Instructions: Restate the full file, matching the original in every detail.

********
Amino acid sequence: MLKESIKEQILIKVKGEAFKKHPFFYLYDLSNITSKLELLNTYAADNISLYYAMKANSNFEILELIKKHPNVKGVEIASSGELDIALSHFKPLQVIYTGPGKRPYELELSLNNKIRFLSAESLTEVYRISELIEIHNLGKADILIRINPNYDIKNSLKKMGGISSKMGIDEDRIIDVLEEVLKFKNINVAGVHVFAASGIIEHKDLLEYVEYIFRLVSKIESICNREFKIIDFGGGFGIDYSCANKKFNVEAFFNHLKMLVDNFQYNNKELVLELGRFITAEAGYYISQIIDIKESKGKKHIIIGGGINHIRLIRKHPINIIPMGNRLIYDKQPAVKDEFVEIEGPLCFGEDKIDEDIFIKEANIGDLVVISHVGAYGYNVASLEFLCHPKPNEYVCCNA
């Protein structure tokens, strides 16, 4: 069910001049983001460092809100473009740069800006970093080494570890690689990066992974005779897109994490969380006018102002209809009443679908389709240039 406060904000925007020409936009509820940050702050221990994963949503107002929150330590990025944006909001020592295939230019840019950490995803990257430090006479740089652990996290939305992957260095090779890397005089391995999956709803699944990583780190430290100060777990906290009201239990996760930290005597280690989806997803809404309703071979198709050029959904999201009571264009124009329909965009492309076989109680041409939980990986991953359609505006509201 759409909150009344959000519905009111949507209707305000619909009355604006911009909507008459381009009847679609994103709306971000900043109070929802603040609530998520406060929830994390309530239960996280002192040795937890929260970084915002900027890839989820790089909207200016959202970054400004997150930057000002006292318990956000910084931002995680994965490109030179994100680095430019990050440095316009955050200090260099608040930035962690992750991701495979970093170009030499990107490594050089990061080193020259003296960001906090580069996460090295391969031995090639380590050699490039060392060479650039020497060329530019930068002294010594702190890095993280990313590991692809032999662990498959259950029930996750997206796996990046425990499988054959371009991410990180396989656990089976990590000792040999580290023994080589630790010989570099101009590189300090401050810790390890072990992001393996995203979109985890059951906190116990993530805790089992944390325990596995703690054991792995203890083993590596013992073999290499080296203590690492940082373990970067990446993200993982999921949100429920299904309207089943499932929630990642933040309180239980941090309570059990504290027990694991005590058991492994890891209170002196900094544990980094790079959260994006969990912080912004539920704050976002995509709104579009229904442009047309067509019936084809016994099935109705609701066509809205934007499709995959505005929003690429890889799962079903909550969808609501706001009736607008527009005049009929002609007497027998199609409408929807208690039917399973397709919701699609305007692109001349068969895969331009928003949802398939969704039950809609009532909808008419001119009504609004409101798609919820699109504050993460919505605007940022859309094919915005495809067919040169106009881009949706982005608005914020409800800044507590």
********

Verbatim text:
Amino acid sequence: MLKESIKEQILIKVKGEAFKKHPFFYLYDLSNITSKLELLNTYAADNISLYYAMKANSNFEILELIKKHPNVKGVEIASSGELDIALSHFKPLQVIYTGPGKRPYELELSLNNKIRFLSAESLTEVYRISELIEIHNLGKADILIRINPNYDIKNSLKKMGGISSKMGIDEDRIIDVLEEVLKFKNINVAGVHVFAASGIIEHKDLLEYVEYIFRLVSKIESICNREFKIIDFGGGFGIDYSCANKKFNVEAFFNHLKMLVDNFQYNNKELVLELGRFITAEAGYYISQIIDIKESKGKKHIIIGGGINHIRLIRKHPINIIPMGNRLIYDKQPAVKDEFVEIEGPLCFGEDKIDEDIFIKEANIGDLVVISHVGAYGYNVASLEFLCHPKPNEYVCCNA
């Protein structure tokens, strides 16, 4: 069910001049983001460092809100473009740069800006970093080494570890690689990066992974005779897109994490969380006018102002209809009443679908389709240039 406060904000925007020409936009509820940050702050221990994963949503107002929150330590990025944006909001020592295939230019840019950490995803990257430090006479740089652990996290939305992957260095090779890397005089391995999956709803699944990583780190430290100060777990906290009201239990996760930290005597280690989806997803809404309703071979198709050029959904999201009571264009124009329909965009492309076989109680041409939980990986991953359609505006509201 759409909150009344959000519905009111949507209707305000619909009355604006911009909507008459381009009847679609994103709306971000900043109070929802603040609530998520406060929830994390309530239960996280002192040795937890929260970084915002900027890839989820790089909207200016959202970054400004997150930057000002006292318990956000910084931002995680994965490109030179994100680095430019990050440095316009955050200090260099608040930035962690992750991701495979970093170009030499990107490594050089990061080193020259003296960001906090580069996460090295391969031995090639380590050699490039060392060479650039020497060329530019930068002294010594702190890095993280990313590991692809032999662990498959259950029930996750997206796996990046425990499988054959371009991410990180396989656990089976990590000792040999580290023994080589630790010989570099101009590189300090401050810790390890072990992001393996995203979109985890059951906190116990993530805790089992944390325990596995703690054991792995203890083993590596013992073999290499080296203590690492940082373990970067990446993200993982999921949100429920299904309207089943499932929630990642933040309180239980941090309570059990504290027990694991005590058991492994890891209170002196900094544990980094790079959260994006969990912080912004539920704050976002995509709104579009229904442009047309067509019936084809016994099935109705609701066509809205934007499709995959505005929003690429890889799962079903909550969808609501706001009736607008527009005049009929002609007497027998199609409408929807208690039917399973397709919701699609305007692109001349068969895969331009928003949802398939969704039950809609009532909808008419001119009504609004409101798609919820699109504050993460919505605007940022859309094919915005495809067919040169106009881009949706982005608005914020409800800044507590």